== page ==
Our Favorite Art Historical Baby Heads

Angel babies aren’t uncommon in art history. The putti (singular, putto) were mischievous little characters that some of the greatest Western artists loved to adorn their work with. They’re chubby, sometimes winged, and pretty much always sassy. In religious paintings (such as Domenichino’s The Last Communion of St. Jerome [c. 1614]), they’re often winged and presented as angels, though they were used routinely in non-religious paintings (such as Rubens’ The Presentation of the Portrait of Marie de’ Medici [c. 1622-1625) as well as cupids or allegories of love.


Domenichino’s The Last Supper of St. Jerome. Image c/o Wikimedia.


Rubens’ The Presentation of the Portrait of Marie de’ Medici. Image c/o Khan Academy.
Rubens’ The Presentation of the Portrait of Marie de’ Medici. Image c/o Khan Academy.


But as everyone in the art history community knows, the best kind of putto is a disembodied one. That’s right–a disembodied baby head just floating around, generally just flying there with some wings. While this author is not 100% sure why some putti or cherubs are shown as full-bodied and some are just floating heads (though it may have something to do with the class of angel [i.e. cherubim, serpahim, etc.–there’s a hierarchy] or [perhaps] something to do with visual rules regarding the depiction of such [possibly after the Council of Trent*, which set some rules for artists painting religious subjects for the Church), it’s safe to say that they make for some of the more entertaining pieces of art in the western tradition. Here are eight of our favorites.


Paolo Veronese, Adoration of the Magi, 1573.

Paolo Veronese’s Adoration of the Magi. Image c/o Wikimedia.
Inset of Veronese's Adoration of the Magi. Image c/o Wikimedia.
Inset of Veronese’s Adoration of the Magi. Image c/o Wikimedia.

Oh, Paolo. First the goin’-up-on-a-Tuesday-style Feast in the House of Levi, now this. You’re truly one of the Mannerists’ finest. See how the holy light transforms the putti/cherubs into simply heads with wings. Magnificent.



Annibale Carracci, The Assumption of the Virgin, 1601.

Annibale Carracci's Assumption of the Virgin. Image c/o Wikiart.
Annibale Carracci’s 1601 Assumption of the Virgin. Image c/o Wikiart.

Not sure why, exactly, Mary needs to be supported by baby heads…? The fact that she looks 100% done with everything, coupled with her outstretched arms, completes the feeling of boy, bye as she ascends into heaven.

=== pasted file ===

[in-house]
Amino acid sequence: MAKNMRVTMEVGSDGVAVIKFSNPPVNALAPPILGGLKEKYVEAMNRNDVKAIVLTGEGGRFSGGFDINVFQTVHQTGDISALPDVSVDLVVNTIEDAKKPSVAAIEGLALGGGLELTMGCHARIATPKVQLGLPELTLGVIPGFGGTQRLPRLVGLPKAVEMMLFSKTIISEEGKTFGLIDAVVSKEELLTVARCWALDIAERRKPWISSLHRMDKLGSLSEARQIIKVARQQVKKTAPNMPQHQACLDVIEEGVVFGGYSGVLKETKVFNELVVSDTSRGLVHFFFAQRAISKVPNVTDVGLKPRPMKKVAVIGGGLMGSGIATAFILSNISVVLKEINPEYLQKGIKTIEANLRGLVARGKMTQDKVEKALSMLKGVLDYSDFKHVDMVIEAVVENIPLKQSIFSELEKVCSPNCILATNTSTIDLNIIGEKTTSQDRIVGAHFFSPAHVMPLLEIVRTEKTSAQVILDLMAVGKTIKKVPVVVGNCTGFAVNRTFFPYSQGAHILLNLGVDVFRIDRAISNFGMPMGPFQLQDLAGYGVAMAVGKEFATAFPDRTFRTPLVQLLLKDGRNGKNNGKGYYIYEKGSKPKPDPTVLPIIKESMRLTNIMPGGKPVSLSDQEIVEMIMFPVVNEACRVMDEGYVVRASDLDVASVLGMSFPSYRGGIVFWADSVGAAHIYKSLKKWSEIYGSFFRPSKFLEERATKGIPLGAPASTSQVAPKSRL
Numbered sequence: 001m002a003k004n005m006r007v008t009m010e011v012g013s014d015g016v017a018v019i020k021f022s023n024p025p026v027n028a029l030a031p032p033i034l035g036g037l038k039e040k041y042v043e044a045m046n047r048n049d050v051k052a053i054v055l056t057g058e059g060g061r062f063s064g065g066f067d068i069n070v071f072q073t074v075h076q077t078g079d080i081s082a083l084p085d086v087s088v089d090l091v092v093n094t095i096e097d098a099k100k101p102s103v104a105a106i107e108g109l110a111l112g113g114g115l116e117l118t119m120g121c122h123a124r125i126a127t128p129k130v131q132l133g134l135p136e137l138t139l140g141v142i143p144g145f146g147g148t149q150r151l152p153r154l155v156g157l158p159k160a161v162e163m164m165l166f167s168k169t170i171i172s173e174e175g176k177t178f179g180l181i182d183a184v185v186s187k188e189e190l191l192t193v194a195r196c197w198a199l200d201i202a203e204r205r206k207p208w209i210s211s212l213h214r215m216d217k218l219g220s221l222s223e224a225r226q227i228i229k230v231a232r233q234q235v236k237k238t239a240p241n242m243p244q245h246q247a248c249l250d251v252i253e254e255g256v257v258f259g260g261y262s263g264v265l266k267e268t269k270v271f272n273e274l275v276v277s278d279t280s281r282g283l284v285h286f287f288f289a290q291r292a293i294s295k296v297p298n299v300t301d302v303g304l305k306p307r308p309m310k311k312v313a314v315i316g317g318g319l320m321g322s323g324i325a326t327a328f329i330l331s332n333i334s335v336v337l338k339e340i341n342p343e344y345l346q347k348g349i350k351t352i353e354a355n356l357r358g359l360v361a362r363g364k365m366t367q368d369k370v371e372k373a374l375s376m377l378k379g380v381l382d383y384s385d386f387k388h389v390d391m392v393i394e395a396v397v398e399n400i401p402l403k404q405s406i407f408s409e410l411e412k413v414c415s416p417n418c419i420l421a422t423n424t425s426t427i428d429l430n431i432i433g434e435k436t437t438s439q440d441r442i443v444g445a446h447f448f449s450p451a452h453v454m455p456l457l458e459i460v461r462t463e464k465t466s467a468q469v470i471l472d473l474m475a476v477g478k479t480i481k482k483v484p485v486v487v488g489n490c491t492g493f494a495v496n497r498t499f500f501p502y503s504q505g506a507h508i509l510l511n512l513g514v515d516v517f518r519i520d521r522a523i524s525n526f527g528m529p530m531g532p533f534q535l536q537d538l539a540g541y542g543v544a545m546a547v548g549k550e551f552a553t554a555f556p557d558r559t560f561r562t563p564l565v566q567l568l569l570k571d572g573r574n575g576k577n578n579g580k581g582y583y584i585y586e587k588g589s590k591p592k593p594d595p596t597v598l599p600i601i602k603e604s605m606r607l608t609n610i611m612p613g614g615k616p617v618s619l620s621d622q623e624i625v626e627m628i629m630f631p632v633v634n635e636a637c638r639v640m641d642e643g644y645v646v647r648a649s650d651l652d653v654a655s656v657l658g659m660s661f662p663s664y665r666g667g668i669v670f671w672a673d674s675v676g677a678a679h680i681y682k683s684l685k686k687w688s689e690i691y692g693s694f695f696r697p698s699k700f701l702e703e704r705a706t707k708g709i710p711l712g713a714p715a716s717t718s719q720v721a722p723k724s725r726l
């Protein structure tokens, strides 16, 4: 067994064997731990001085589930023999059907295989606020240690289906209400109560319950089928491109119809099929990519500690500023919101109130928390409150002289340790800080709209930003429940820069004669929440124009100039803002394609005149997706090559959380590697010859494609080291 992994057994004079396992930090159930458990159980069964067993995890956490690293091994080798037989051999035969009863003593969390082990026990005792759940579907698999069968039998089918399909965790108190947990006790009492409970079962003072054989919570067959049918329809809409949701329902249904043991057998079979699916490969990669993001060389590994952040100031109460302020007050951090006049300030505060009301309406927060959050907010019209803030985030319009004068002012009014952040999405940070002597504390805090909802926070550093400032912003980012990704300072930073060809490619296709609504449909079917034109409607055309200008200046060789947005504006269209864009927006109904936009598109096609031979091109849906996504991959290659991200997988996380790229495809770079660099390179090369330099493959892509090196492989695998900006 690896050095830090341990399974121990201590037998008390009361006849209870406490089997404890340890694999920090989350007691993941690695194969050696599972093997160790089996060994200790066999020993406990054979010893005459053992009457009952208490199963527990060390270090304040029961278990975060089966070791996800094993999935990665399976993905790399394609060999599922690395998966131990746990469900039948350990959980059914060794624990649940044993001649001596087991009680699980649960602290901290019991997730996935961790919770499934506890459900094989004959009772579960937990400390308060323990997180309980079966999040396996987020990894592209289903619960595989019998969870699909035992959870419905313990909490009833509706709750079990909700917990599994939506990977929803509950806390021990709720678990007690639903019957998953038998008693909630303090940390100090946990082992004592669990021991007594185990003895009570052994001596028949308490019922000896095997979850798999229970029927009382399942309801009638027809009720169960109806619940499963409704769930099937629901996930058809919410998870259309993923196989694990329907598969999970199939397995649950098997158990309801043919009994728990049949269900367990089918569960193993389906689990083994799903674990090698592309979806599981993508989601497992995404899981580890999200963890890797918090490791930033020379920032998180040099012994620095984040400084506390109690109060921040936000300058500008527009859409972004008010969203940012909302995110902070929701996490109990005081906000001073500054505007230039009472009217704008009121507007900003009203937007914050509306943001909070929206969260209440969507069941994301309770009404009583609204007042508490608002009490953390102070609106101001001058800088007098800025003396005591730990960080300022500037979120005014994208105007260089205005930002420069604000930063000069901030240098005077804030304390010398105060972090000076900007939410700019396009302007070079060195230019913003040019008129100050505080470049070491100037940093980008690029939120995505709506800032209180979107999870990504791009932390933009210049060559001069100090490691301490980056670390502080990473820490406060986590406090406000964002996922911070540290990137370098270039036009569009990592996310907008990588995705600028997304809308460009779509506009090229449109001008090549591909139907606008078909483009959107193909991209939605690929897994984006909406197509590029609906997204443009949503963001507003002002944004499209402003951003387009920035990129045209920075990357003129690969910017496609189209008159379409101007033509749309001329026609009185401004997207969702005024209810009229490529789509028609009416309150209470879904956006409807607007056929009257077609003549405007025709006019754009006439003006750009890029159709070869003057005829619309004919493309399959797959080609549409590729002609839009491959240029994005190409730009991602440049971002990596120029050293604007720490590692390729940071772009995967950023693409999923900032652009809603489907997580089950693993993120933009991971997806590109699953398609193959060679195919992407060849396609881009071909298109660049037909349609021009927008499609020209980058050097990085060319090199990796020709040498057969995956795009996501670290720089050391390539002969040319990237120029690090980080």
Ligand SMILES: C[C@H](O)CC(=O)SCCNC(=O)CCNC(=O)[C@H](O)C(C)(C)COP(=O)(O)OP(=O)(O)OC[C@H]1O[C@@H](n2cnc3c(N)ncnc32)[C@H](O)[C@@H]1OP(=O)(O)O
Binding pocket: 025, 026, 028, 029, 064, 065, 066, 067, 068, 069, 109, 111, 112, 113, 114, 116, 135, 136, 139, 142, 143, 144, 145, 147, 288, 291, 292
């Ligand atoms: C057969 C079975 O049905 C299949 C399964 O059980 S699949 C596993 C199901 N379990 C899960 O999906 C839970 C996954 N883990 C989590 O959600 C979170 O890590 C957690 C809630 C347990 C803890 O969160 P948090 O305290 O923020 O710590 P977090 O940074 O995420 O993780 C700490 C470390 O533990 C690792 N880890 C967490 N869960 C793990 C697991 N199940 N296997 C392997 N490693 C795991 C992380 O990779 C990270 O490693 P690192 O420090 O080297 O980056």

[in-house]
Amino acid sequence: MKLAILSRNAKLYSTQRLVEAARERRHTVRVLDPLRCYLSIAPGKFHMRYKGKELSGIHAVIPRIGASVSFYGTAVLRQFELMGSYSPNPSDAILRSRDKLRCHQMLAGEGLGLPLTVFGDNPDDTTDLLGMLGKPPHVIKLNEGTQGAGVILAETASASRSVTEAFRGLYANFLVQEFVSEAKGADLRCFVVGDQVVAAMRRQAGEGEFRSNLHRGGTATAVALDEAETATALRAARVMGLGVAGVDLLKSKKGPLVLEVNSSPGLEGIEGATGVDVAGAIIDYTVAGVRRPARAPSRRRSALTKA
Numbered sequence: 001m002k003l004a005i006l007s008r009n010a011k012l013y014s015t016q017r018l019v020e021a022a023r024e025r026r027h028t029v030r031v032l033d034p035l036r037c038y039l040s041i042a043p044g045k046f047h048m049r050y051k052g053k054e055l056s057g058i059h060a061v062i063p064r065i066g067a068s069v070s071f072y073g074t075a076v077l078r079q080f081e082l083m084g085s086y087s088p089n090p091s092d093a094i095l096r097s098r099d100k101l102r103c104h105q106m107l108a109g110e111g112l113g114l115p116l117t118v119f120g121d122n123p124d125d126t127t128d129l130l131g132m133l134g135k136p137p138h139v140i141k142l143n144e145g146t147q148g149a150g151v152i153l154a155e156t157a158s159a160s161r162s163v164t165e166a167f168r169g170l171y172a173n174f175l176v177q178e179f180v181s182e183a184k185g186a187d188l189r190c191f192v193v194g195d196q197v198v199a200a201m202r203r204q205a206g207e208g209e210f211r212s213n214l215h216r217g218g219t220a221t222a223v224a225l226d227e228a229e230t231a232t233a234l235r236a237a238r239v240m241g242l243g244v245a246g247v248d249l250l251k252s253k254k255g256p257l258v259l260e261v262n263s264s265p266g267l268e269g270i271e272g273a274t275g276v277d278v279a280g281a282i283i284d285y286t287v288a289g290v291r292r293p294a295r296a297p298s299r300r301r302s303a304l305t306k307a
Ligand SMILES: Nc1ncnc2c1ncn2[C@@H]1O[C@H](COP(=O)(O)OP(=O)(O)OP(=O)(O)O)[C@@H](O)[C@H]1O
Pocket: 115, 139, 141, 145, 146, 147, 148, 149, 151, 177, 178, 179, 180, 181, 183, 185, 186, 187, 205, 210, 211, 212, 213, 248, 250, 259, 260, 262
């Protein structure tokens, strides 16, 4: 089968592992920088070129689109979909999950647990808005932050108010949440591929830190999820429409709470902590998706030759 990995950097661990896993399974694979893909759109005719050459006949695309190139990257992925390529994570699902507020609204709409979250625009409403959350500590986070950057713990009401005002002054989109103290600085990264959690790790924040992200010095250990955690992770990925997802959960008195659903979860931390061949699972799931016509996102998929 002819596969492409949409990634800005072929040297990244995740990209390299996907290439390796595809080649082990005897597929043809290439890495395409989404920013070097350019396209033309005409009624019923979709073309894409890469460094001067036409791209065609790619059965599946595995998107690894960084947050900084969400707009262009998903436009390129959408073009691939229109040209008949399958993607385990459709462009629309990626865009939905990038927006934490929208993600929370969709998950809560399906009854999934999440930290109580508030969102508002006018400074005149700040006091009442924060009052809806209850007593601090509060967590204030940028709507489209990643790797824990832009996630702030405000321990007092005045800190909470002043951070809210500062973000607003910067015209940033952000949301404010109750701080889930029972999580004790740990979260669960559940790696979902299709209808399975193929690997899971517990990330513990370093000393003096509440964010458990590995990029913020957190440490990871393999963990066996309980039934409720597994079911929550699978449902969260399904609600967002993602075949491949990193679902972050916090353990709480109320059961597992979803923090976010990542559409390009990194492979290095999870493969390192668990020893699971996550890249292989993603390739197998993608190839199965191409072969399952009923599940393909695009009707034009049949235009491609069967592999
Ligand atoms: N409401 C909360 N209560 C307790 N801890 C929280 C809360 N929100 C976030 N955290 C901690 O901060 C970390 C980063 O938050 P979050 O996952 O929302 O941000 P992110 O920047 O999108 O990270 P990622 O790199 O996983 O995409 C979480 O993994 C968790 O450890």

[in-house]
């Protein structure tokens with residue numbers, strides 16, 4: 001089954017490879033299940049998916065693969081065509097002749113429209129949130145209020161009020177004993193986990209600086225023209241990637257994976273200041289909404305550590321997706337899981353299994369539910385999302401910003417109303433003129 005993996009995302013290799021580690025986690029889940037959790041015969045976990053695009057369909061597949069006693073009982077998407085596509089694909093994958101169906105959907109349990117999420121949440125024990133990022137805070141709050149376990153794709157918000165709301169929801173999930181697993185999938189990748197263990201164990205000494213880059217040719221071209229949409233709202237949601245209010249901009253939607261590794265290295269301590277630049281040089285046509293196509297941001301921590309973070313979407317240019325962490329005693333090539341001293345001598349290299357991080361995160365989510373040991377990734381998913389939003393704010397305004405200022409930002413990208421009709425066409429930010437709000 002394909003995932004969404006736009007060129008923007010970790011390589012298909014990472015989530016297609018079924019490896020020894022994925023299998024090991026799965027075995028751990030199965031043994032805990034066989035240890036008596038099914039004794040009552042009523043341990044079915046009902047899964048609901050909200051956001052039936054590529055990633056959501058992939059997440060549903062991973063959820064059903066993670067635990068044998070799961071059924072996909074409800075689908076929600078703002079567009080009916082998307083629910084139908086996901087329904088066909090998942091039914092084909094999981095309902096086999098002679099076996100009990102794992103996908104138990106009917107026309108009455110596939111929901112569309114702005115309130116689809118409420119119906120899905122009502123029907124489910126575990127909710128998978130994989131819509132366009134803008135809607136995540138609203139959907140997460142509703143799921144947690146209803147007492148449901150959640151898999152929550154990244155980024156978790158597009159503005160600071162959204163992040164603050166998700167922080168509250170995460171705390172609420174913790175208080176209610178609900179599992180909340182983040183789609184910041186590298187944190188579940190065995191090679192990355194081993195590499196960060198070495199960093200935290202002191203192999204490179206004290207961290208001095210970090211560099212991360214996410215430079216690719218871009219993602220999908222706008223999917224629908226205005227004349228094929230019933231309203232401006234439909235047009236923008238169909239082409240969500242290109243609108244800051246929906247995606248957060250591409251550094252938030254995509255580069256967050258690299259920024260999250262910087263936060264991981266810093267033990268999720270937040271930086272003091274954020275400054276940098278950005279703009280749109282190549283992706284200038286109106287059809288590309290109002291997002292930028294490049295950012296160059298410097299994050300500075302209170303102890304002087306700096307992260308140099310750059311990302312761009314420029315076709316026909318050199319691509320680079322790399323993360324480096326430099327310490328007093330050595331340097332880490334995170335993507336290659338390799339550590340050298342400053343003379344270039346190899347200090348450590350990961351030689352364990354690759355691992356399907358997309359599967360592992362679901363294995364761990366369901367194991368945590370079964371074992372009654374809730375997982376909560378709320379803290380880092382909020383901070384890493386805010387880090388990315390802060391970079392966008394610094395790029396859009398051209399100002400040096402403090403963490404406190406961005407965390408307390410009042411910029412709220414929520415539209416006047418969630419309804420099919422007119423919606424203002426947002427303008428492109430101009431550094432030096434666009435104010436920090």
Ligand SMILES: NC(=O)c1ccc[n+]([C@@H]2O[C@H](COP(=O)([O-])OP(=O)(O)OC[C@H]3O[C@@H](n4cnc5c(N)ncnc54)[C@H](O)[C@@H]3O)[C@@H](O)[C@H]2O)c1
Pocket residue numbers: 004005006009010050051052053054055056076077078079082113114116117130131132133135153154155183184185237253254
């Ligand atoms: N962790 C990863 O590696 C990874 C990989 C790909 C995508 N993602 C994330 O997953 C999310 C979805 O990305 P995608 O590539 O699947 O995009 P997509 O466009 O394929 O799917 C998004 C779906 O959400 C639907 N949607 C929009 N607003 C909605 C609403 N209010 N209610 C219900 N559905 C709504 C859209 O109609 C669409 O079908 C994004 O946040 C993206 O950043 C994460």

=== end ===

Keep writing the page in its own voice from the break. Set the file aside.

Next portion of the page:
Francesco Botticini, Virgin and Child in Glory, with Saint Mary Magdalene, Saint Bernard, Angels, Cherubim, and Seraphim, c. 1485.

Botticini’s Virgin and Child in Glory..., c. 1485. Image c/o effyeaharthistory.tumblr.com.

Ah yes, an early example of flying baby heads. Note how they ring the holy Mother and Child, bird bodies at the ready. This version of the baby heads may hint at the different-class-of-angel bit, given the title. Still excellent.



Simon Vouet, Assumption of the Virgin, 1647.

Vouet’s Assumption of the Virgin. Image c/o Wikimedia. Click here to be able to zoom in closer to the baby heads!

Are flying baby heads a prerequisite for depicting the Assumption? Asking for a friend. These flying baby heads fade away just so into the distance, almost like those 80’s portraits seen in Awkward Family Photos (like this guy).



Giovanni Battista Tiepolo, The Trinity Appearing to St. Clement, 1730-35.

Tiepolo’s Trinity Appearing to St. Clement. Image c/o flickriver.com.




Giovanni Battista Tiepolo, The Annunciation, 1765-70.

Tiepolo’s Annunciation. Image c/o jwartsale.com.

Yea, they are borne aloft like dust in the wind. All we are is dust in the wind…



(Attributed to) Domenichino, Assumption of Mary Magdalene Into Heaven.

Seriously. Image c/o Buzzfeed and uglyrenaissancebabies.tumblr.com.

Are flying baby heads a prerequisite for depicting any Assumption? Asking for a friend.



Sir Joshua Reynolds, A Child’s Portrait in Different Views: Angel Heads. 1792. 

How is this less creepy than the others? Image c/o tate.org.uk.

This was more of a study rather than a religious painting, as it was done by English artist Sir Joshua Reynolds much later than anything else on this list. Which makes it almost more creepy.


* (Most of the paintings featuring said baby heads/cherubs/putti are post-1563, when the Council of Trent ended. That’s why I’m postulating that the Council set up some guidelines that may have led to the proliferation of baby heads/cherubs/putti in some areas and in the work of some artists. They’re most common in the work of both Mannerists and Baroque artists, who seemed to LOVE disembodied baby heads more than other periods.

[And now for something completely different: An absolutely parenthetical side note of how I imagined artists deciding to paint angel baby heads.]:

Painter 1: Hey, what if we just

What if we just did the little angels without the bodies

Painter 2: What

Painter 1: Yeah. I mean. It’s not like they need them.

They’re angels.

They can handle it.

It’s not like people will be creeped out.

The little angel babies will be even better

Even more holy

If we just took their bodies away.

Painter 2: Wow.

Painter 1: Like yeah then the Painting Patrol Guys that told off Veronese can’t even be mad at us for messing up the angel babies Or for not having them swaddled in clothes or anything

Because guess what.

They won’t have bodies, that’s what.

It’ll just be their heads.

Who gets mad at just an angel baby head?

Nobody, that’s who.

Painter 2: Genius. )


We do much more than just admire Renaissance cherubs. Or putti. Check out more about the Art Docent Program here.

Dying for more art history geek stuff? Check out our past blog posts here.

Don’t forget to comment and share your new knowledge of flying putti/cherubs/baby heads!

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